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ACBL Found Not at Fault for 2008 Mississippi River Collision and Oil Spill

Maritime Activity Reports, Inc.

December 9, 2021

Three tugs hold up a barge that was split in two on the Mississippi, July 23, 2008. At about 2 a.m. that day the 600-foot tanker Tintomara and the Mel Oliver tug and barge collided and approximately 400,000 gallons of number six fuel oil spilled from the barge. (Photo: Chris Lippert / U.S. Coast Guard)

Three tugs hold up a barge that was split in two on the Mississippi, July 23, 2008. At about 2 a.m. that day the 600-foot tanker Tintomara and the Mel Oliver tug and barge collided and approximately 400,000 gallons of number six fuel oil spilled from the barge. (Photo: Chris Lippert / U.S. Coast Guard)

Jeffersonville, Ind.-based barging company American Commercial Barge Line (ACBL) said it has been cleared of any fault related to the 2008 Mel Oliver collision and resulting oil spill on the Mississippi River.

The announcement comes after more than 13 years of legal proceedings and is the result of a settlement agreement reached on November 18, 2021, with the U.S. Department of Justice and the State of Louisiana regarding the case.

It was determined that fault for the collision and resulting oil spill belongs to Harvey, La.-based DRD Towing, which operated and crewed the towboat Mel Oliver that was towing the ACBL-owned DM-932 barge at the time of the collision.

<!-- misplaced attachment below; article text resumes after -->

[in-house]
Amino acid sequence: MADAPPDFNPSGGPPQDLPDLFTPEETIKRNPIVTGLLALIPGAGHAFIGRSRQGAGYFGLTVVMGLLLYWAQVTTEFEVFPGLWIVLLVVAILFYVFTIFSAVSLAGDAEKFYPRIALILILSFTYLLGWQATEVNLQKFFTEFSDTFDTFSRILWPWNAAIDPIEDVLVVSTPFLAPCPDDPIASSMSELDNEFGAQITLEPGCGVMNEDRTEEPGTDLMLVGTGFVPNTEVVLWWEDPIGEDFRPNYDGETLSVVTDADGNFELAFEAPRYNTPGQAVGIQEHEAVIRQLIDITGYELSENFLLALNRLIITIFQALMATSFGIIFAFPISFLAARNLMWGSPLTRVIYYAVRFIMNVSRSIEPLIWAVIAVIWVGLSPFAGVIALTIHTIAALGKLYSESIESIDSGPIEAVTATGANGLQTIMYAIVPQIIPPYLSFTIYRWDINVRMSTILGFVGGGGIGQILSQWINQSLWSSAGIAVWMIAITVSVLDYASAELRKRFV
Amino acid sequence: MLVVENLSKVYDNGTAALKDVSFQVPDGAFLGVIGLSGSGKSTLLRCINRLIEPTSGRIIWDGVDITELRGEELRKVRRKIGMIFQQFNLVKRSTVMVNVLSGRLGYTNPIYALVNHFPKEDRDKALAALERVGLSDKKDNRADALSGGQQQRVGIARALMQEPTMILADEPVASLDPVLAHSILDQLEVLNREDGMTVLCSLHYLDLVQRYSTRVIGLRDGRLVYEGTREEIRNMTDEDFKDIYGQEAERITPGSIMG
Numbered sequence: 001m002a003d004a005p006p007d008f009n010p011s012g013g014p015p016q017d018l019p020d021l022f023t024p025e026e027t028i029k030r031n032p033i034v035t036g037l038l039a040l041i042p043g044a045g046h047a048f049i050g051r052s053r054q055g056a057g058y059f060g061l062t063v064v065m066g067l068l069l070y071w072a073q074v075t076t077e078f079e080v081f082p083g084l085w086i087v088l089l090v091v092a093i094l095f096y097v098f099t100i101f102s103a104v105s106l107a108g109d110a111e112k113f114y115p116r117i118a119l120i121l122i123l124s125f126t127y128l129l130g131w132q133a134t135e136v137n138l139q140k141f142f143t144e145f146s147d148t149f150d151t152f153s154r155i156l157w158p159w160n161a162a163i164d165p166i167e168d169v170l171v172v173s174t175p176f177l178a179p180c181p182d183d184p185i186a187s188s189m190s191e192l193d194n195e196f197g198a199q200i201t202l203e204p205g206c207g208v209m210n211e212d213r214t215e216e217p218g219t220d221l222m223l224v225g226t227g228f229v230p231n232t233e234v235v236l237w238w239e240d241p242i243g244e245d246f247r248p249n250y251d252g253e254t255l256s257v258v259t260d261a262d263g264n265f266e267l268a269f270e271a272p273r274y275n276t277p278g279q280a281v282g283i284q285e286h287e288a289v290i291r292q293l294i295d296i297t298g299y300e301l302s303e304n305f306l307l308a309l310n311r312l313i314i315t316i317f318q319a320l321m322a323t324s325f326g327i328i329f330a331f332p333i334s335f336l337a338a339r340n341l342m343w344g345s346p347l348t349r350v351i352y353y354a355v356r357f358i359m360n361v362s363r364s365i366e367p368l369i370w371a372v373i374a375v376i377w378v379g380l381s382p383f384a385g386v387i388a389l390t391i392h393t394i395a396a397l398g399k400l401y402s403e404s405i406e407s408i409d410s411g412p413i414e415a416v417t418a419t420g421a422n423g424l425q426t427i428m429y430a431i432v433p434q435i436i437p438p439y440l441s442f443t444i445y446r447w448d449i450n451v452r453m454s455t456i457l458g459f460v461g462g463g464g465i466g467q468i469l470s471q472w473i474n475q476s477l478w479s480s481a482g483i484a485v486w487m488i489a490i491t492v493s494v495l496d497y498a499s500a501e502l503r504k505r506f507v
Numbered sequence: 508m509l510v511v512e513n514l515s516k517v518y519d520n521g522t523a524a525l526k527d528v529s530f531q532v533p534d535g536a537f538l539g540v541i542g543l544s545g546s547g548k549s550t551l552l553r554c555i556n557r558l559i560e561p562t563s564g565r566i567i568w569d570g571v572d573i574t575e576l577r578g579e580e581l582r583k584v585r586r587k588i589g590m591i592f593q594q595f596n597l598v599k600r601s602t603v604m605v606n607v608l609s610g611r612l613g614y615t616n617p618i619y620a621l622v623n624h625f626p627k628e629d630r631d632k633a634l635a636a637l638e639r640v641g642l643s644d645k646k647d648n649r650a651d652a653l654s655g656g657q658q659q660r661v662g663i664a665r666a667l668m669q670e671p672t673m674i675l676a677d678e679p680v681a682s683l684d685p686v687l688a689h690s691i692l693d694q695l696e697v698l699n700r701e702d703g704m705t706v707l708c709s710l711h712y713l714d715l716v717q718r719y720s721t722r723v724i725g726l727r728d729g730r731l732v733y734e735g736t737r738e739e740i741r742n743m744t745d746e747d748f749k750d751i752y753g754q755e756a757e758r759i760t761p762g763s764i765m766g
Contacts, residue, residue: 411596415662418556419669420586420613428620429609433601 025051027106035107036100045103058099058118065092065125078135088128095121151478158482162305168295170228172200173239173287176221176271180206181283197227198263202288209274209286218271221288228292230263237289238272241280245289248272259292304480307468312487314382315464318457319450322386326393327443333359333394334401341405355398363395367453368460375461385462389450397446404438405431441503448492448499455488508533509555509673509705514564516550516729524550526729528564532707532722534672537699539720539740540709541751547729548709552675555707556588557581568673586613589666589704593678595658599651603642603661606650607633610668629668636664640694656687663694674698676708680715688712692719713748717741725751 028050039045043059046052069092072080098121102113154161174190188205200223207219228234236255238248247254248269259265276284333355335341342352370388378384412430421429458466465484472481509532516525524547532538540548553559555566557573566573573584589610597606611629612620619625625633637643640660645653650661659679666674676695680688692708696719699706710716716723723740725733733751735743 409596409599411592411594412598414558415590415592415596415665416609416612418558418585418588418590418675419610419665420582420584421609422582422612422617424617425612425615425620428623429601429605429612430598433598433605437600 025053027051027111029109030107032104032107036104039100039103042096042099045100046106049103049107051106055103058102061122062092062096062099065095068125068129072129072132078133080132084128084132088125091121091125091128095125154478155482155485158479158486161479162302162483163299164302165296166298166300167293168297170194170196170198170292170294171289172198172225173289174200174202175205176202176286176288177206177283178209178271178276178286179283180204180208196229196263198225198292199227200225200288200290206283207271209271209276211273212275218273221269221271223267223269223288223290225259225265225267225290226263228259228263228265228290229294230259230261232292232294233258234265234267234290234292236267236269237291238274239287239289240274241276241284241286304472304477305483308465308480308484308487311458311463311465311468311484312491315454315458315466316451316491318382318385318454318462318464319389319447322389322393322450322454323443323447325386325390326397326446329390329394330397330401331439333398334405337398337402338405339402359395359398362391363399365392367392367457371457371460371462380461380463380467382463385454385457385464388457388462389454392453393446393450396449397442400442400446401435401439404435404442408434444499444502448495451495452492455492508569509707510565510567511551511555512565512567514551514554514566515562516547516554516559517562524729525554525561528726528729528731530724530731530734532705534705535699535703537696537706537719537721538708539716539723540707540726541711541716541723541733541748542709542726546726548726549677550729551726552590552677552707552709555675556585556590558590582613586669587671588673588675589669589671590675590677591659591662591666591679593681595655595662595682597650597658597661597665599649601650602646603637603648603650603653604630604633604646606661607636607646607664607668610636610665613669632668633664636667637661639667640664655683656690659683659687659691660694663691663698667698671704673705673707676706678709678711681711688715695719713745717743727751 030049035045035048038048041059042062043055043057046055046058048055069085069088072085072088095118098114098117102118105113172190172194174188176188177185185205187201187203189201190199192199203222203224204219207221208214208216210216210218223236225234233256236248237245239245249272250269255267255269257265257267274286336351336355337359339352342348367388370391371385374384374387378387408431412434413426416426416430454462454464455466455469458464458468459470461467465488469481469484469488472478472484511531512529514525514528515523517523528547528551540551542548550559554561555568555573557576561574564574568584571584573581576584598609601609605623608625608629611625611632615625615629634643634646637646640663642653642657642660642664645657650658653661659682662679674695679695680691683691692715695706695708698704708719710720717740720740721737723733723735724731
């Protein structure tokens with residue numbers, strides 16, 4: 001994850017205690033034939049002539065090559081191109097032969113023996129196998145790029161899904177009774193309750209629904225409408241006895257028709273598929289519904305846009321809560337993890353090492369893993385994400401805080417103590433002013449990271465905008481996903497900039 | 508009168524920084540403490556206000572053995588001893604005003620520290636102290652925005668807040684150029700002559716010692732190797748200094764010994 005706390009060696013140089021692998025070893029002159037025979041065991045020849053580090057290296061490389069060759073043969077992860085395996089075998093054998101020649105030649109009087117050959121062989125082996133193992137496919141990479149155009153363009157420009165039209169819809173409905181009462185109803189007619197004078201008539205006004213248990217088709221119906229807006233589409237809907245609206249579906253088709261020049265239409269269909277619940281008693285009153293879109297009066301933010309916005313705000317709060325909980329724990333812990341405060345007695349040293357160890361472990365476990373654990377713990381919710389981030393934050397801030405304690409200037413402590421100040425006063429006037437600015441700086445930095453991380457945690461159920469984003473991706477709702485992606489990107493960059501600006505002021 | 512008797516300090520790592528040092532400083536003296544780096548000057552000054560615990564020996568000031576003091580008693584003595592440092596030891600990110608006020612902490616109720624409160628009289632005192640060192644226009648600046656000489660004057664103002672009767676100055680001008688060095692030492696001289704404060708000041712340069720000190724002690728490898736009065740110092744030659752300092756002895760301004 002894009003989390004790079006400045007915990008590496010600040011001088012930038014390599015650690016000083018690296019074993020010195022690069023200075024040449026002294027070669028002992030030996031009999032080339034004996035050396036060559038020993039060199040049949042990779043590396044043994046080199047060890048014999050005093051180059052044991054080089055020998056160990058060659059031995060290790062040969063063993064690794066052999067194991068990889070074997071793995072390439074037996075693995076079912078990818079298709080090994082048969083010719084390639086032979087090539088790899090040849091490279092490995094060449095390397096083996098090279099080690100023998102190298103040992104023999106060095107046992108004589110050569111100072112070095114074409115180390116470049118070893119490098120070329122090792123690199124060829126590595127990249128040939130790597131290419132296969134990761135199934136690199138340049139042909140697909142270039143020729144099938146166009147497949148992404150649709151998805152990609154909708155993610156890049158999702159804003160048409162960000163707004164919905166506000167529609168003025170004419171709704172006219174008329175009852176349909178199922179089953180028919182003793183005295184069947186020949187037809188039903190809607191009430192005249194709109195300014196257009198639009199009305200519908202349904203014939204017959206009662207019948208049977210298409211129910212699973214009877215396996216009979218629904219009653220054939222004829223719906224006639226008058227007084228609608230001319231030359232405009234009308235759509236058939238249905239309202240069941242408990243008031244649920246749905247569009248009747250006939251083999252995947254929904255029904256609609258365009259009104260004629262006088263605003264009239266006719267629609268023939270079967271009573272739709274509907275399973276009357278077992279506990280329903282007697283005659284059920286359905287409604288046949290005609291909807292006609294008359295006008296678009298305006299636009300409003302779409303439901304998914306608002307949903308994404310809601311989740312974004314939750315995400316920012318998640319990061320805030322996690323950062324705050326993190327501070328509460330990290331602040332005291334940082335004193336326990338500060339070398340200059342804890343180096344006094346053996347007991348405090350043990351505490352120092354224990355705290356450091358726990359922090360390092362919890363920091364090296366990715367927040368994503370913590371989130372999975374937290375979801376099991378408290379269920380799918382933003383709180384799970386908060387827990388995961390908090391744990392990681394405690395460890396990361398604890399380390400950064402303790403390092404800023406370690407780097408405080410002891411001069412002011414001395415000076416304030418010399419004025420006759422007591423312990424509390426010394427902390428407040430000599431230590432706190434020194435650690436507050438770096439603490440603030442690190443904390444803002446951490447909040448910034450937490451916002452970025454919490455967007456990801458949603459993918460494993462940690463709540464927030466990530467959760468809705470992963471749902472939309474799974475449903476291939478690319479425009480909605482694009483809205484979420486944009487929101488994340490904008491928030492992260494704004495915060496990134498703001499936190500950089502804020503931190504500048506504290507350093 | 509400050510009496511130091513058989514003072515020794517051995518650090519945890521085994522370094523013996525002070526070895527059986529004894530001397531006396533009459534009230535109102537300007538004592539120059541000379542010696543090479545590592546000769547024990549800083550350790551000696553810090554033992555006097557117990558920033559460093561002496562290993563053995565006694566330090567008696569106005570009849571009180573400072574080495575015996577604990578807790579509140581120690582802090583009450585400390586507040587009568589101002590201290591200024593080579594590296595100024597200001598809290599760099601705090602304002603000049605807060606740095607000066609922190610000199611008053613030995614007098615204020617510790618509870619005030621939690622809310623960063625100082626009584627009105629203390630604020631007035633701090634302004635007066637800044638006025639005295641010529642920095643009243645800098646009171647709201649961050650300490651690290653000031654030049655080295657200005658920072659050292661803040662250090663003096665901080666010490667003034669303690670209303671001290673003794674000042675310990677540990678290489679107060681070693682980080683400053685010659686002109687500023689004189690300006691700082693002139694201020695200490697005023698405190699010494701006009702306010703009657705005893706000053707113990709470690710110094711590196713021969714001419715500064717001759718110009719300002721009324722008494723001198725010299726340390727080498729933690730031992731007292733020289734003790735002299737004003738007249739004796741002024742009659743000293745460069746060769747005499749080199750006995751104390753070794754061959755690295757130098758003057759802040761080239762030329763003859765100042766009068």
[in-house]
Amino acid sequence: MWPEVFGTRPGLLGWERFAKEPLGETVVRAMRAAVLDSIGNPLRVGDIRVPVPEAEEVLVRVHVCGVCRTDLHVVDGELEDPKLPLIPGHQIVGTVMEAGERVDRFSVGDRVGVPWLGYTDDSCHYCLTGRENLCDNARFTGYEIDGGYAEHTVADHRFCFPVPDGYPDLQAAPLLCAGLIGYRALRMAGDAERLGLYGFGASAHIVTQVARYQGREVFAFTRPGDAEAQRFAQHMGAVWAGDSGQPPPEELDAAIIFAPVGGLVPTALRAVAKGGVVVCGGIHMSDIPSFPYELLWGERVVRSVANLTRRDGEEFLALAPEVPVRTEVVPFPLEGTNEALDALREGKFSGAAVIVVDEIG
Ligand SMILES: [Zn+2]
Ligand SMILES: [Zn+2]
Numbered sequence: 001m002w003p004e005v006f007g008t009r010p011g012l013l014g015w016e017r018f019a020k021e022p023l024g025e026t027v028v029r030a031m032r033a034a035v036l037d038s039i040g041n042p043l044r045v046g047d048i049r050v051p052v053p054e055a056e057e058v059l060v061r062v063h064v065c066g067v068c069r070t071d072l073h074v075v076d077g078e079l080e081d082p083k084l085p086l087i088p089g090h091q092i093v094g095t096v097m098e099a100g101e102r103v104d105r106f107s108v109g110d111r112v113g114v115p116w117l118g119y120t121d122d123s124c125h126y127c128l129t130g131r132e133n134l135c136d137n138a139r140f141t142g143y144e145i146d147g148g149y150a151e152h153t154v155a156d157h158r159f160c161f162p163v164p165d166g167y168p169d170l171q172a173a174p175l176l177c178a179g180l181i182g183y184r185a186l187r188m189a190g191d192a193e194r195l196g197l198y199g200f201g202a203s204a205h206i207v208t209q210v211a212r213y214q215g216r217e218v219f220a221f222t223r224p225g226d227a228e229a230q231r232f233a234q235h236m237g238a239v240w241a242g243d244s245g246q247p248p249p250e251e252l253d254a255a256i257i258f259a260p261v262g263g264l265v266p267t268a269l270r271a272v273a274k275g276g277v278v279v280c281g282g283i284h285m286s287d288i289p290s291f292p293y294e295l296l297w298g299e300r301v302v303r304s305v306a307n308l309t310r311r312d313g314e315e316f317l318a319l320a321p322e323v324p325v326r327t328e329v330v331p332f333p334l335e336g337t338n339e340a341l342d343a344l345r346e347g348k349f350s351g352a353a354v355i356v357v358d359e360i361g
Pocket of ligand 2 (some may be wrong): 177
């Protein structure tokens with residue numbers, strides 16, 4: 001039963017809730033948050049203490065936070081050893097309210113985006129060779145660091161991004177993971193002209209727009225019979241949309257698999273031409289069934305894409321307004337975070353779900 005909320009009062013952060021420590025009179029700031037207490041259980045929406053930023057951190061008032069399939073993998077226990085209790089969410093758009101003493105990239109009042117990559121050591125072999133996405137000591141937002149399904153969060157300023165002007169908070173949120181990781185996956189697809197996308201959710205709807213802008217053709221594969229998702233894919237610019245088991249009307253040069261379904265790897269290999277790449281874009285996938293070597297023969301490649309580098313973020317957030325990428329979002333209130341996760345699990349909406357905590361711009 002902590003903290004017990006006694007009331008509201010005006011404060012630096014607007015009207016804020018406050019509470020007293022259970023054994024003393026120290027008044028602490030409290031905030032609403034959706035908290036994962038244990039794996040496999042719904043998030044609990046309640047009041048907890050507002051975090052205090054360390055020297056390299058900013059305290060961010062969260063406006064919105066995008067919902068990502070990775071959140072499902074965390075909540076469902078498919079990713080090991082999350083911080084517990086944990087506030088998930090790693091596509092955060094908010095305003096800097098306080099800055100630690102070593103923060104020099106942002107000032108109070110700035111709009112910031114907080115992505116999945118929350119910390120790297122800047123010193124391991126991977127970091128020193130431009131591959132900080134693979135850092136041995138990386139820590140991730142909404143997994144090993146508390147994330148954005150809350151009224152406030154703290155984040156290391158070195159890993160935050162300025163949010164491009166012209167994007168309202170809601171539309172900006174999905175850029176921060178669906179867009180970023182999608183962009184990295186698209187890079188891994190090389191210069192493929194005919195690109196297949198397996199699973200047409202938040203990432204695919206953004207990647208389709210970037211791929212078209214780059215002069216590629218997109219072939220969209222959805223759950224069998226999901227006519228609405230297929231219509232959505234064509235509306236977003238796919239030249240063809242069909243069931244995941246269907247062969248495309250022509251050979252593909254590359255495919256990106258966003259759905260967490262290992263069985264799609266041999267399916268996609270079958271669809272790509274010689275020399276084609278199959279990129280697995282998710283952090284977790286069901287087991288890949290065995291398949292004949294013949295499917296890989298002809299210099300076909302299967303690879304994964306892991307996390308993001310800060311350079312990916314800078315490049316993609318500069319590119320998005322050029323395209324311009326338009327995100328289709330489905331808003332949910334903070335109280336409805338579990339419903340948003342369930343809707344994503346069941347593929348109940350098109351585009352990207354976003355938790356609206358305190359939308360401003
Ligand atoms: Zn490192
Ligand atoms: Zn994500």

On July 23, 2008, Mel Oliver was pushing a tank barge full of fuel oil when it crossed in the path of the Tintomara, a 600-foot Liberian-flagged tanker, and caused a collision that led to the discharge of approximately 282,686 gallons of fuel oil from the barge into the Mississippi River.

Even though ACBL was found not at fault, The Oil Pollution Act of 1990 (OPA 90) requires the owner/operator of a red flagged barge to cover damages left unpaid by the negligent insolvent party. "Accordingly, ACBL agreed in October 2016 to compromise the government's claim for all damages resulting from the oil spill for $20 million, which was fully paid in August of 2018. In addition to the settlement payment, ACBL and its insurers paid more than $75,000,000 to clean up the spill," explained John Nicoletti, outside counsel for ACBL throughout the 13-year Mel Oliver proceeding.

"Although the Mel Oliver collision was a disastrous event for our industry, ACBL has worked diligently and transparently from the beginning with all parties involved to mitigate the damages that occurred due to DRD's negligence," said ACBL CEO Mike Ellis. "After many years, we are pleased to see this case finally reach its conclusion."

ACBL recently funded the acquisition of 650 acres of property for the protection of wildlife in upper Plaquemines Parish, La.

"Our commitment to the environment never wavered throughout this process and remains strong today," Ellis said. "The woodland wildlife habitat will be managed by The Woodlands Conservancy, a local nonprofit that will keep the land available for recreation and educational purposes. Most importantly, this will forever preserve the local ecosystem."

"ACBL has a strong legacy of more than 105 years of safe, efficient, marine transportation service in the U.S.," Ellis added. "Every day, we move our customers' products, safely and efficiently throughout the U.S. inland waterway systems. Our commitment to the safety of our people, our customers' cargos and our environment, is the backbone of our culture."

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